CircleCI customers have been advised to rotate secrets as a major security breach appears to have given attackers access to a broad variety of authentication credentials.
Though the company advised clients to rotate “all secrets” in the wake of the breach, it maintains that the platform is still safe to build on. A lack of specificity about details of the attack is prompting some of these clients to add additional security measures to their configurations, if not considering hopping to a competing platform.
CircleCI advisory to rotate secrets comes after December 21 breach
CircleCI has been involved in several recent attack attempts and at least one other security breach, though that dates back to August 2019. More recently, the company was impersonated by a phishing squad running a campaign to steal GitHub credentials. Those incidents were not serious enough to require clients to rotate secrets, however, and there is no evidence connecting the incidents as of yet.
CircleCI said that the breach took place as early as December 21, which was the same date it published a reliability update (there is also no connection between these things as of yet). Former customers of Travis CI that jumped ship since last year are likely the most frustrated by this incident, as it closely resembles a security breach there that was both bad enough to require customers to quickly rotate secrets and was also plagued with communication issues.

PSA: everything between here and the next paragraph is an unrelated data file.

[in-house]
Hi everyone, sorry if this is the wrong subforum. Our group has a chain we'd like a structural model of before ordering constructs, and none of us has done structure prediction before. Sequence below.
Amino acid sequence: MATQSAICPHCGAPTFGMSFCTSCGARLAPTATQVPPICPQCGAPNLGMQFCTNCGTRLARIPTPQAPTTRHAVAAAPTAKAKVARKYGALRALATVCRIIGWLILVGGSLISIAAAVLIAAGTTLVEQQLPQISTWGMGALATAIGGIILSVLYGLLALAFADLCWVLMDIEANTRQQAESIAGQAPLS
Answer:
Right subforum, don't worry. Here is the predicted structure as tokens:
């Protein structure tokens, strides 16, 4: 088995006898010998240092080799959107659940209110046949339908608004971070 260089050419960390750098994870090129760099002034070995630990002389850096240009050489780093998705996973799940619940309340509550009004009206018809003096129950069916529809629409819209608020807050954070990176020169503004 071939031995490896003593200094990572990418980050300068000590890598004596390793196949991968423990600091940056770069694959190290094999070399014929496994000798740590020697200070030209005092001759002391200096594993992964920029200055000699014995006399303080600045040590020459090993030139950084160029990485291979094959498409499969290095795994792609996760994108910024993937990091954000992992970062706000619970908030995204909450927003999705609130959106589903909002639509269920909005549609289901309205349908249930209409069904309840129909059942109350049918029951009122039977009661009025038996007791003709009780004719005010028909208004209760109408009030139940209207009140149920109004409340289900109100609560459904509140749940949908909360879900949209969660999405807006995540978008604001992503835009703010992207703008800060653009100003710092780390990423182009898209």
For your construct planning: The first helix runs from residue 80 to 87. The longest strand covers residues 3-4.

More information about the security breach is hopefully forthcoming, but the advisory to “rotate secrets immediately” says enough about its seriousness all by itself. The incident likely has some CircleCI clients thinking about implementing regular automated rotations of credentials and testing out related incident response plans in anticipation of more of this happening in the future.
Minimal information in security breach reports becoming the norm
Organizations are battling with something of an adversarial relationship with the platforms they rely on, as those platforms seemingly take the tack of releasing as little security breach information as legally possible and sometimes concealing the full consequences for months at a time. There isn’t yet any clear indication that’s what will happen here, but similar stories have been playing out with numerous services.
At the very least, it is immediately clear that the CircleCI security breach is quite serious given the urgent instruction to rotate secrets. The alert did have some lag time of about two weeks in following the incident, though this may have been due to failure to discover it until then.
Among other things, CircleCI has provided instructions for its clients to rotate project and user API tokens, project variables, and SSH keys. The organization has also promised a full audit of its internal system access and third party partners along with cycling of all its access keys and production machines.
A forensic investigation is also underway and hopefully will yield more information in the near future. In the meantime, CircleCI clients need to rotate secrets as soon as possible as there remains an unknown risk of compromise and abuse.